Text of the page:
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How traditional pharmacies can survive the Amazon threat

By Vik Panda, STAT, on 12/13/2018

Are traditional pharmacies doomed to the same fate as Borders, Blockbuster, and Sears? The threat is real.

Companies like Capsule and PillPack are redesigning the pharmacy for the digital age. In addition to making it effortless to get prescription medications, these disruptors are bent on cutting out the physical store. This summer, Amazon bought PillPack, bringing heft, customer-service expertise, and gargantuan corporate ambition to the fight.

Yet I believe there is hope for traditional pharmacies — at least for those that adapt and innovate. Brick-and-mortar stores can offer value not available from app-and-delivery businesses. Some of that value is already being harnessed by traditional pharmacies, but most isn’t. Here are some ideas for how pharmacies can serve their customers better and remain relevant.

Capitalize on live pharmacists

One innate advantage of the physical pharmacy is the licensed pharmacist herself. Sure, disruptors offer the opportunity to communicate remotely with a pharmacist. But when you need answers to complex health and medicine questions, texting or chatting doesn’t always compare to interacting face to face with a human in a white coat.

That said, there are plenty of ways to improve the in-person experience. Many pharmacists seem harried, bogged down by mundane tasks such as processing insurance or ringing up customers. A better workflow could free pharmacists to capitalize on the value they bring. When there’s a line in the pharmacy, why not have insurance handled by other dedicated employees?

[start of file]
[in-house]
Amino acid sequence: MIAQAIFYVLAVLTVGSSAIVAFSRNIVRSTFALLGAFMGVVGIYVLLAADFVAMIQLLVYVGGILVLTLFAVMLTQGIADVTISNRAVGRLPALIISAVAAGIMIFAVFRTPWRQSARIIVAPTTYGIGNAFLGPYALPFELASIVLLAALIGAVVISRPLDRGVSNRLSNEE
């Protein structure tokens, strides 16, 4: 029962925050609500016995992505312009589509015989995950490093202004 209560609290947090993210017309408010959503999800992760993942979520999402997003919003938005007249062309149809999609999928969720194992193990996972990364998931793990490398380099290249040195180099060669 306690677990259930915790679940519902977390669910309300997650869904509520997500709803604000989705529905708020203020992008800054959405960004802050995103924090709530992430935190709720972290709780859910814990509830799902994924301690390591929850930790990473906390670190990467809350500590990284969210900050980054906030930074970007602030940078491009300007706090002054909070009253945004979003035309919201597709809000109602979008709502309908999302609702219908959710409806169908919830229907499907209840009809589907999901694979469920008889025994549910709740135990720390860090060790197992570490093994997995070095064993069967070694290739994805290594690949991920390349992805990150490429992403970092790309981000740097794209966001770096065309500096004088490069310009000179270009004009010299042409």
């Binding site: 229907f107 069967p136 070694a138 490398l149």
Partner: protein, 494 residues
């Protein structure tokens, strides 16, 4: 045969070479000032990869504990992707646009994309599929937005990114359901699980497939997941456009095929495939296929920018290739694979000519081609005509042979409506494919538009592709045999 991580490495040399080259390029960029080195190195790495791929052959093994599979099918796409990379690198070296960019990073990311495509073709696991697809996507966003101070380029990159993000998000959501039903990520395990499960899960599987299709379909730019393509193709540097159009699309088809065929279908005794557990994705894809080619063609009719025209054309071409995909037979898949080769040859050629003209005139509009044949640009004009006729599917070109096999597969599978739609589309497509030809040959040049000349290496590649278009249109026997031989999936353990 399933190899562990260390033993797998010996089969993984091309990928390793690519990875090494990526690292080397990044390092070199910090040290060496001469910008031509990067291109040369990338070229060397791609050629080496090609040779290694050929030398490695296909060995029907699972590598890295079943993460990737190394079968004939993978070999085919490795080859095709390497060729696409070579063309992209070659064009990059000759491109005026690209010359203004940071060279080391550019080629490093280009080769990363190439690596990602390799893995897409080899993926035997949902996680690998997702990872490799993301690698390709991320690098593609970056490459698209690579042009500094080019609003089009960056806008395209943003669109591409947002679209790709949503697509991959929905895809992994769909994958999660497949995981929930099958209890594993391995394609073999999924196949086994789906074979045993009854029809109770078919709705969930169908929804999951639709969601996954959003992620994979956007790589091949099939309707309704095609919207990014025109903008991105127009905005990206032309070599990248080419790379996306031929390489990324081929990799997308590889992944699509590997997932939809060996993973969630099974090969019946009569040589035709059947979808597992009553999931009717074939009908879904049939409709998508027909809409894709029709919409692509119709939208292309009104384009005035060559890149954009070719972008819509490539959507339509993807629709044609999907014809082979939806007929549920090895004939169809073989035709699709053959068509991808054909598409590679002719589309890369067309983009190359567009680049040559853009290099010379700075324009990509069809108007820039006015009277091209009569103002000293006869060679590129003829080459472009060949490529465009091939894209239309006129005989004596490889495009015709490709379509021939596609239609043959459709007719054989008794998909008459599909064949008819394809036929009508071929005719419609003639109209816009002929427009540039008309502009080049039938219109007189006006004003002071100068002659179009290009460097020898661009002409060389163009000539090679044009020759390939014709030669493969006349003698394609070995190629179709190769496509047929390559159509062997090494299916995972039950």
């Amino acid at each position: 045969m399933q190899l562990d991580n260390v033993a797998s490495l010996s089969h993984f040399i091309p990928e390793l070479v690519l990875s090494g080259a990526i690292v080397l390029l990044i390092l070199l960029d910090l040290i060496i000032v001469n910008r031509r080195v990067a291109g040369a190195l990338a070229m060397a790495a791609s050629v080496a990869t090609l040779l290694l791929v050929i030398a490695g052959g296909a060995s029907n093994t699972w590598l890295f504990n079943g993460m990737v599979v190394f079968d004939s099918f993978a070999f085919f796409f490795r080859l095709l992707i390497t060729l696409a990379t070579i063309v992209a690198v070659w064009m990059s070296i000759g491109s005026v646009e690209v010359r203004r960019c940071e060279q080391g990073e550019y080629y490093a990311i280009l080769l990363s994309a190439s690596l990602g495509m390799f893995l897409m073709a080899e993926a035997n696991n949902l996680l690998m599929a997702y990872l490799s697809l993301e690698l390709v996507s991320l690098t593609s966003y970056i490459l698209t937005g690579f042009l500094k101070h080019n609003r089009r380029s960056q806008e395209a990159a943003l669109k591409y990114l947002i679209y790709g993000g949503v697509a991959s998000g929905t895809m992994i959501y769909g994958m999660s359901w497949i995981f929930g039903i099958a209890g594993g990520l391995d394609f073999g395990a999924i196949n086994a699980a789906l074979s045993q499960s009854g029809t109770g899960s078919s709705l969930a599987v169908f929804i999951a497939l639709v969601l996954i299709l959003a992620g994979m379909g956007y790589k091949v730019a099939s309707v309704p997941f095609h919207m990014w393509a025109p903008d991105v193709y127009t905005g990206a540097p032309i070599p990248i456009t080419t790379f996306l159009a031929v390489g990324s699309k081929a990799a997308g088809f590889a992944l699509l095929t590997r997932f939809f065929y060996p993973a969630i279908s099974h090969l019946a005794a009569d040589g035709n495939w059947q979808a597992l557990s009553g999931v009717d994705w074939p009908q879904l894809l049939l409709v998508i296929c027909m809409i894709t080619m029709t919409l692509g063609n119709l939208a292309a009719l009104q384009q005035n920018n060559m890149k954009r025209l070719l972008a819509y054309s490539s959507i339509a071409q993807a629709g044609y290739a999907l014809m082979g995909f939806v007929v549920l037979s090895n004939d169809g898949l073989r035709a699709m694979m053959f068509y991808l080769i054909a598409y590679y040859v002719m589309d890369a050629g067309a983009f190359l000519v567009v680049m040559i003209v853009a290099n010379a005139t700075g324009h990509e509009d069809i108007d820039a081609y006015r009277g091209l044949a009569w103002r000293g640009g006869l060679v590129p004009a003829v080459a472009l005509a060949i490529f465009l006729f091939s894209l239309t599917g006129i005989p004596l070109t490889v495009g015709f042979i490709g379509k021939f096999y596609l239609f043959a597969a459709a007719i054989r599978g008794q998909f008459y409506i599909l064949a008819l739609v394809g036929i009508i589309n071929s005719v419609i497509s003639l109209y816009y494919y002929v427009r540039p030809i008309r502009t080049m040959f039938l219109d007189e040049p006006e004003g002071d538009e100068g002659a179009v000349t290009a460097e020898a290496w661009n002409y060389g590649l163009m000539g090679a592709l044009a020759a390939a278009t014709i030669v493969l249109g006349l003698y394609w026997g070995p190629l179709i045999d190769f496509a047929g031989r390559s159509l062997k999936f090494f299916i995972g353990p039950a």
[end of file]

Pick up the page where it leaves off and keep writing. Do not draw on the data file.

Customer-relations training could also help make pharmacists more approachable. Just as Trader Joe’s cultivates a friendly “crew,” pharmacies could help pharmacists be less like technicians and more like caregivers.

Reposition the pharmacist as a proactive health care coach

Traditional pharmacies could do more than just improve the in-person experience. One way is to reposition the pharmacist from pill sorter and multitasking question responder to genuine health care coach.

Just as your doctor is an expert in your condition, your pharmacist is an expert in your medications. In fact, the pharmacist is a crucial member of the care team, but one who often isn’t called in to play to his or her full capability. With soaring deductibles leaving patients without care, there is a huge opportunity for community-based pharmacists to play greater roles. They see the faces of their customers. They talk to the dad with two kids running through the store who is picking up pediatric medicine for a chronic condition that will require close management. Pharmacists can spot things at the counter — in the real world where most care actually happens. Doctors don’t typically see this and can’t help with it.

To transform patient interactions, pharmacies could deploy software similar to the data screen of a specialist in a well-run call center, listing a patient’s current treatments and suggesting questions or advice. Their face-to-face empathy could be bolstered by services that personalize calls, emails, or texts to check on treatment effectiveness, extending the pharmacist’s reach.